What might such a new practice look like? Shea and, perhaps to a lesser extent, Scerri promote the radical position of abandoning the now well-known NASTIES—Shea's (Reference Shea2014) NAmed Stone Tool IndustriES—of traditional taxonomies. As much as we see the flaws in contemporary taxonomies as fundamental, we are hesitant to reject cultural taxonomy outright. There is structure in the archaeological record, and abandoning taxonomies altogether would limit, we fear, the types of questions that we can ask and the resolution at which we can address culture change. This is especially the case for the European Upper Palaeolithic, where techno-typological patterning in the record, in space and time, is clearer than it is elsewhere. With Scerri (Reference Scerri2019: 1364), we plead for describing lithic “variation on its own terms”, that is, from the bottom up and in ways that allow objects, measurements and interpretations to be followed and replicated; as these data are aggregated across assemblages, structure inevitably emerges. Taxonomic descriptions of this structure do have their uses, not least for communication.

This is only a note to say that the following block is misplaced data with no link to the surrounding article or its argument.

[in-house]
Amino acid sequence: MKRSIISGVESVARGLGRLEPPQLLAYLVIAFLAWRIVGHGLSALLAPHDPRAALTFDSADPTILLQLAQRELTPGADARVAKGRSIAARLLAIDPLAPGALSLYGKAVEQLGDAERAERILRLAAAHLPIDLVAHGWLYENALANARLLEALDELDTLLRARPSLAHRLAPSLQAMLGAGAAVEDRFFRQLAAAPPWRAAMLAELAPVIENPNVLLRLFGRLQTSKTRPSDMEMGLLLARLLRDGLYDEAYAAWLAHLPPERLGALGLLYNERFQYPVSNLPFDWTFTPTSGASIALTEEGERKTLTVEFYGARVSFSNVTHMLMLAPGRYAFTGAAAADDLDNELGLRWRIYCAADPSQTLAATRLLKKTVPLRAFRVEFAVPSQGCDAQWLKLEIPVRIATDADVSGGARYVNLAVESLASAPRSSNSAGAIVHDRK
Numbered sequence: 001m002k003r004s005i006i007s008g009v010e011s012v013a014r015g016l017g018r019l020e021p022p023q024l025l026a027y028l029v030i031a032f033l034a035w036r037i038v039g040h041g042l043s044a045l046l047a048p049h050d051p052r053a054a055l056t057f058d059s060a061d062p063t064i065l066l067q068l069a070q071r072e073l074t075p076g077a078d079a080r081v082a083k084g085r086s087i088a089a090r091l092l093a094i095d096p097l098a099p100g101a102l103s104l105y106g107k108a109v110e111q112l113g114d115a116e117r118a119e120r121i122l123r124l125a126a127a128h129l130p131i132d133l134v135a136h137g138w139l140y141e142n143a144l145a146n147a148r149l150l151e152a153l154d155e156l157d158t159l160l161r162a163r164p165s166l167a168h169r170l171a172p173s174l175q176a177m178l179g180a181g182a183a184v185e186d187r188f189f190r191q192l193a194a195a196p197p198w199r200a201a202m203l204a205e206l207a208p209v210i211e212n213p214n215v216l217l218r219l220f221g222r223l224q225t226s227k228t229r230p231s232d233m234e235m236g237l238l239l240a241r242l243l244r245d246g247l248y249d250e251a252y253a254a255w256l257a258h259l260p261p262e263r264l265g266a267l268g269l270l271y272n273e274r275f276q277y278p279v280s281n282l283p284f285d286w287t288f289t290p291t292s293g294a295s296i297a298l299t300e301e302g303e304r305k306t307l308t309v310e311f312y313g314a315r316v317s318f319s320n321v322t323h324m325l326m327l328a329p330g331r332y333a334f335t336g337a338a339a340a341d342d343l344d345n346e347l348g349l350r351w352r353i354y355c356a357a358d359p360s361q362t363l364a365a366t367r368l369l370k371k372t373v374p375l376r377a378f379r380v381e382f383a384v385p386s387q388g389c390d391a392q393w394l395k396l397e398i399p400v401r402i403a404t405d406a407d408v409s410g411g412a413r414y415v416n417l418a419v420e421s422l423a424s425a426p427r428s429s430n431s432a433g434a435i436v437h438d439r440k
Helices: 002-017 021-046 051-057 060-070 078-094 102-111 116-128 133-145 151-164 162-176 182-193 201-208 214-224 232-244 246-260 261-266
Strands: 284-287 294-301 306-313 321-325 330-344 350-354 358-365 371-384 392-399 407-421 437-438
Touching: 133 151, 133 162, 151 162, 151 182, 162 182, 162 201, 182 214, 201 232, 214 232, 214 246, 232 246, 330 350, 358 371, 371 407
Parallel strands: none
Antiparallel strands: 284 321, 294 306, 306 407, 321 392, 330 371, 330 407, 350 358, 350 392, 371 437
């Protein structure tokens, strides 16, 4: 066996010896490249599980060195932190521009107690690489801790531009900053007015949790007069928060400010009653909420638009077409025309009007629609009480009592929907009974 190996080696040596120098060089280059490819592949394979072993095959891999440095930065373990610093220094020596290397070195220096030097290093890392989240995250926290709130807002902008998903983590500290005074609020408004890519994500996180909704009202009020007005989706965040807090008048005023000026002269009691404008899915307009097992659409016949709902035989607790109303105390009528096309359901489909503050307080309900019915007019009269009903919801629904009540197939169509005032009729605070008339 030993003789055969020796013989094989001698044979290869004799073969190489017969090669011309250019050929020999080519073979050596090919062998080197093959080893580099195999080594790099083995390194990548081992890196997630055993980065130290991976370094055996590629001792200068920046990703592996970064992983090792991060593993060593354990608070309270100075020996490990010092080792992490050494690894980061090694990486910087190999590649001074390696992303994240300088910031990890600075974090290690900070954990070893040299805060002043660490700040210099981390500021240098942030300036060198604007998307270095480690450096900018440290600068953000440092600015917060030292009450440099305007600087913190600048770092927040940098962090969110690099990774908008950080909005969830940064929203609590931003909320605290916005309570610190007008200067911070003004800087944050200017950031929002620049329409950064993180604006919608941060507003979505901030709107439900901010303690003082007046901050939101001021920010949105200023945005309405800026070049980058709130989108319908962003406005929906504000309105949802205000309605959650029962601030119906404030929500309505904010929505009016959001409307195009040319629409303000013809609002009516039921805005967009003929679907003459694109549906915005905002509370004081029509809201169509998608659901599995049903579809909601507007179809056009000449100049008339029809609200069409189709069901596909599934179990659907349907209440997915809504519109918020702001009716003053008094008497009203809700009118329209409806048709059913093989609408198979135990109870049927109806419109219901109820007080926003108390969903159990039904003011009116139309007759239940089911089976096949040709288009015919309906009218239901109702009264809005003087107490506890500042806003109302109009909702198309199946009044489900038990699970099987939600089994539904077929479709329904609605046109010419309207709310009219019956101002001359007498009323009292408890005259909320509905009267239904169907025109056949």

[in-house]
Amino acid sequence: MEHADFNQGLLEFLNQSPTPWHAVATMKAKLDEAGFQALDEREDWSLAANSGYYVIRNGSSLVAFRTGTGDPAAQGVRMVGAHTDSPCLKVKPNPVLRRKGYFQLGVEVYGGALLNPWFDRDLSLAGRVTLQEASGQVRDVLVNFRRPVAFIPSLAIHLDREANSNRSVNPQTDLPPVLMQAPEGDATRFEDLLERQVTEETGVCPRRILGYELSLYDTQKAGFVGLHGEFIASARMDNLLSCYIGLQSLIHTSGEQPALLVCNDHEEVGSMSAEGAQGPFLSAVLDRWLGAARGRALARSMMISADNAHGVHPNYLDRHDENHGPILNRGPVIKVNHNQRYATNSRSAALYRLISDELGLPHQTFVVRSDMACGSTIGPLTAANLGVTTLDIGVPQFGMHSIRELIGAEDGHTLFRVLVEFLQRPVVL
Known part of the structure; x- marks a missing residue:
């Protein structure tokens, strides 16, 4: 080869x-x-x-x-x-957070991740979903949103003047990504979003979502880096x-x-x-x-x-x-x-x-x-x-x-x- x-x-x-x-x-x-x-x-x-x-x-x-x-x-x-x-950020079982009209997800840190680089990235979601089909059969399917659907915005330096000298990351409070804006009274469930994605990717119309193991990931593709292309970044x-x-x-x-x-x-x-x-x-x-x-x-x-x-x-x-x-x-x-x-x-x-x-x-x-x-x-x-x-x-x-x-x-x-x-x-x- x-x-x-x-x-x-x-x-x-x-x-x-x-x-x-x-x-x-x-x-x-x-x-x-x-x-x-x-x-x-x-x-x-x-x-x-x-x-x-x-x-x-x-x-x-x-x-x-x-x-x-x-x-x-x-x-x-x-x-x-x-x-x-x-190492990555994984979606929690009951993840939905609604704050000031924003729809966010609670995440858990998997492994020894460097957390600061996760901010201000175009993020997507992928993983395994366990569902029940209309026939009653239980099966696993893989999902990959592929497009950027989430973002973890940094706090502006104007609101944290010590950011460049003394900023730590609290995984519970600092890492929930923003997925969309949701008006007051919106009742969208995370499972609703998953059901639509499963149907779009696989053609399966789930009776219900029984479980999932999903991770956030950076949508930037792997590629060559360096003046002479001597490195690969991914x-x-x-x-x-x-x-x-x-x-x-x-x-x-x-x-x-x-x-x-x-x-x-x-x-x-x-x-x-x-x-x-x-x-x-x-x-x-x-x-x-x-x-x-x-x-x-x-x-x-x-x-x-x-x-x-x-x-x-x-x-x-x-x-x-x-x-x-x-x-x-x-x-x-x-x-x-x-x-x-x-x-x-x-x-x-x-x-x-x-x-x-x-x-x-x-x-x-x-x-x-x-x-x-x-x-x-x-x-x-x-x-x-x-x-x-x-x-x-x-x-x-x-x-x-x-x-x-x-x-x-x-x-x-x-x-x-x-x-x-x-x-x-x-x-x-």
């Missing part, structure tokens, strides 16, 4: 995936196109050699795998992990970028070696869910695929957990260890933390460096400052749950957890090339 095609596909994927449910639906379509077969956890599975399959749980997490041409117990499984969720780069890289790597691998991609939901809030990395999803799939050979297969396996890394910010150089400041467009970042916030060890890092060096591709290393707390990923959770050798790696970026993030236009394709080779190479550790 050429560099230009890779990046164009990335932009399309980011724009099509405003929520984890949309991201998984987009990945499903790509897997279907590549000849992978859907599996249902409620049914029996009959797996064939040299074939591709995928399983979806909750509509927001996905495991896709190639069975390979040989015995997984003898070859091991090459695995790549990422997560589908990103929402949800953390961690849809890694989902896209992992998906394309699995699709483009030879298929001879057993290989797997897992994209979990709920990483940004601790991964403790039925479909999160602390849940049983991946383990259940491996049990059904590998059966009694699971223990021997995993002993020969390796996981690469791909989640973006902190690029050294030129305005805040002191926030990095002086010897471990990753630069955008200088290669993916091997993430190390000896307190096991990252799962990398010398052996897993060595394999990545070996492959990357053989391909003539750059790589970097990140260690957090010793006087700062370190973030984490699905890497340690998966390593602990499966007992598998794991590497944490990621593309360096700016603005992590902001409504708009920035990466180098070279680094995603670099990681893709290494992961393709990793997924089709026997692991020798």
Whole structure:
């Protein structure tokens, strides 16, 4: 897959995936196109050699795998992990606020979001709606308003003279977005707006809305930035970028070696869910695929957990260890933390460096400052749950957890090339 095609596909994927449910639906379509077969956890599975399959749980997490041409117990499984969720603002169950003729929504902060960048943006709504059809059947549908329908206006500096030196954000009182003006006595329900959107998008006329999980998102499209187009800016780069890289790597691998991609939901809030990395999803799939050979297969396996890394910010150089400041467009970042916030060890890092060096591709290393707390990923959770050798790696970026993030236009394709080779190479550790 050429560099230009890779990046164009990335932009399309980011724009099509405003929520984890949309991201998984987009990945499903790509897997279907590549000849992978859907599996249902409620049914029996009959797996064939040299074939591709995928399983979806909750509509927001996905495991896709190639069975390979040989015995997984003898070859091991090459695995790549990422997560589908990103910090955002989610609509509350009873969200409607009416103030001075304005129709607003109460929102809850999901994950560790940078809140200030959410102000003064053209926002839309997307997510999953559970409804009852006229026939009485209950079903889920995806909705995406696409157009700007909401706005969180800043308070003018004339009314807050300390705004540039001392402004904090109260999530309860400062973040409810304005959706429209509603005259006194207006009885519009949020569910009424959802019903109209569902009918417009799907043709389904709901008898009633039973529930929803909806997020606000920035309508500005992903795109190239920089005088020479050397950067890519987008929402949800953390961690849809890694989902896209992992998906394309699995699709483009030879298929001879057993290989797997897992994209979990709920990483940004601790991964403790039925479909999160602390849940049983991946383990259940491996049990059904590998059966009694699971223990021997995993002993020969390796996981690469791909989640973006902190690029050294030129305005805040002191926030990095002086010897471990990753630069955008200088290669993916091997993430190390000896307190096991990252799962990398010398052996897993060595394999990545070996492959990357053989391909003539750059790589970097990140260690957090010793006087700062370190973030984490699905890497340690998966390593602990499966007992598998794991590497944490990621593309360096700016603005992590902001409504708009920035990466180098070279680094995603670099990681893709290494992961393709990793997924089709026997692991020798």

Naturally, we agree entirely with Shea's point that archaeologists should define their own research goals, but the absence of a robust cultural taxonomy in the Upper Palaeolithic makes it much harder than it should be: we are currently burdened with an unreliable framework for describing the record. This makes it extremely difficult to design and conduct large-scale investigations of variation and change. We need better understanding of the cultural taxonomy of the Upper Palaeolithic not just to enable comparison with results from other fields, but also so that we can formulate better archaeological questions. That said, Scerri is right to observe that our failure to create more robust datasets has led to the devaluation of archaeology within interdisciplinary studies of prehistory: our present shortcomings have repercussions for the status of our field as a whole.